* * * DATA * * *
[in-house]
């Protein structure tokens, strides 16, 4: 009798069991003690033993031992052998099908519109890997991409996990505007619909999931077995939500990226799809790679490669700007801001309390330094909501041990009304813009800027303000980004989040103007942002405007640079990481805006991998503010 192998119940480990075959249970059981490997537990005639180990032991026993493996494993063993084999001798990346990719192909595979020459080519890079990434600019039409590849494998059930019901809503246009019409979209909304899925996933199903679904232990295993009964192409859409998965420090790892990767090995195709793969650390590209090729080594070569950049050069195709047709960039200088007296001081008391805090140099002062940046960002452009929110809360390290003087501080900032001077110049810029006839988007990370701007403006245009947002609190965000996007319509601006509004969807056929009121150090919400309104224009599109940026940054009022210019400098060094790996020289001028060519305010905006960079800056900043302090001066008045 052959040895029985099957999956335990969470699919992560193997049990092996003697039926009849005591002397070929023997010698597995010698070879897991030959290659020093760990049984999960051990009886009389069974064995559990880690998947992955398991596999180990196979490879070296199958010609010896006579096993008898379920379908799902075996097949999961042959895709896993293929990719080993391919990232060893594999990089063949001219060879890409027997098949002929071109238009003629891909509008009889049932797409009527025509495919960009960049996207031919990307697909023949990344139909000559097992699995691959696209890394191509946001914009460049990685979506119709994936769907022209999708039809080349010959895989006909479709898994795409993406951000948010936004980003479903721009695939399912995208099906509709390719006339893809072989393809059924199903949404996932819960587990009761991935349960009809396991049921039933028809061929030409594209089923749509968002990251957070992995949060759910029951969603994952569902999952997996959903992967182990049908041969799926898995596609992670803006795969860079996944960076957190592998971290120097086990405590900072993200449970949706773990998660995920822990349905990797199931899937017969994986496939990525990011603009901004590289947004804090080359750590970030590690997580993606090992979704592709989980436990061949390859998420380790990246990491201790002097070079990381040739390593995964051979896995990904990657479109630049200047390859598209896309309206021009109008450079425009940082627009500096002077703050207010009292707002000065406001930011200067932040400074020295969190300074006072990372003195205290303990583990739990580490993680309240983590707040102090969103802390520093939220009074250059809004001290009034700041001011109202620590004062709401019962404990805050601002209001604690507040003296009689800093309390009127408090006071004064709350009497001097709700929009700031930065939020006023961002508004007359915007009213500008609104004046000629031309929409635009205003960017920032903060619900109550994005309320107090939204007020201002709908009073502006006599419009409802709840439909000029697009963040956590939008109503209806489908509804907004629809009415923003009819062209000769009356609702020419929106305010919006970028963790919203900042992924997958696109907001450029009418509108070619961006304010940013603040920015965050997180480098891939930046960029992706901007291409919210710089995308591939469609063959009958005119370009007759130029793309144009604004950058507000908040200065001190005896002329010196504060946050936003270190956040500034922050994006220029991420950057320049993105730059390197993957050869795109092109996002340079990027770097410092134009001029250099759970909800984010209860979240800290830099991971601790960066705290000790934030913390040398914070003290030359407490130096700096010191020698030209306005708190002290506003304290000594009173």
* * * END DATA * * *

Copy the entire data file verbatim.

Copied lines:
[in-house]
């Protein structure tokens, strides 16, 4: 009798069991003690033993031992052998099908519109890997991409996990505007619909999931077995939500990226799809790679490669700007801001309390330094909501041990009304813009800027303000980004989040103007942002405007640079990481805006991998503010 192998119940480990075959249970059981490997537990005639180990032991026993493996494993063993084999001798990346990719192909595979020459080519890079990434600019039409590849494998059930019901809503246009019409979209909304899925996933199903679904232990295993009964192409859409998965420090790892990767090995195709793969650390590209090729080594070569950049050069195709047709960039200088007296001081008391805090140099002062940046960002452009929110809360390290003087501080900032001077110049810029006839988007990370701007403006245009947002609190965000996007319509601006509004969807056929009121150090919400309104224009599109940026940054009022210019400098060094790996020289001028060519305010905006960079800056900043302090001066008045 052959040895029985099957999956335990969470699919992560193997049990092996003697039926009849005591002397070929023997010698597995010698070879897991030959290659020093760990049984999960051990009886009389069974064995559990880690998947992955398991596999180990196979490879070296199958010609010896006579096993008898379920379908799902075996097949999961042959895709896993293929990719080993391919990232060893594999990089063949001219060879890409027997098949002929071109238009003629891909509008009889049932797409009527025509495919960009960049996207031919990307697909023949990344139909000559097992699995691959696209890394191509946001914009460049990685979506119709994936769907022209999708039809080349010959895989006909479709898994795409993406951000948010936004980003479903721009695939399912995208099906509709390719006339893809072989393809059924199903949404996932819960587990009761991935349960009809396991049921039933028809061929030409594209089923749509968002990251957070992995949060759910029951969603994952569902999952997996959903992967182990049908041969799926898995596609992670803006795969860079996944960076957190592998971290120097086990405590900072993200449970949706773990998660995920822990349905990797199931899937017969994986496939990525990011603009901004590289947004804090080359750590970030590690997580993606090992979704592709989980436990061949390859998420380790990246990491201790002097070079990381040739390593995964051979896995990904990657479109630049200047390859598209896309309206021009109008450079425009940082627009500096002077703050207010009292707002000065406001930011200067932040400074020295969190300074006072990372003195205290303990583990739990580490993680309240983590707040102090969103802390520093939220009074250059809004001290009034700041001011109202620590004062709401019962404990805050601002209001604690507040003296009689800093309390009127408090006071004064709350009497001097709700929009700031930065939020006023961002508004007359915007009213500008609104004046000629031309929409635009205003960017920032903060619900109550994005309320107090939204007020201002709908009073502006006599419009409802709840439909000029697009963040956590939008109503209806489908509804907004629809009415923003009819062209000769009356609702020419929106305010919006970028963790919203900042992924997958696109907001450029009418509108070619961006304010940013603040920015965050997180480098891939930046960029992706901007291409919210710089995308591939469609063959009958005119370009007759130029793309144009604004950058507000908040200065001190005896002329010196504060946050936003270190956040500034922050994006220029991420950057320049993105730059390197993957050869795109092109996002340079990027770097410092134009001029250099759970909800984010209860979240800290830099991971601790960066705290000790934030913390040398914070003290030359407490130096700096010191020698030209306005708190002290506003304290000594009173």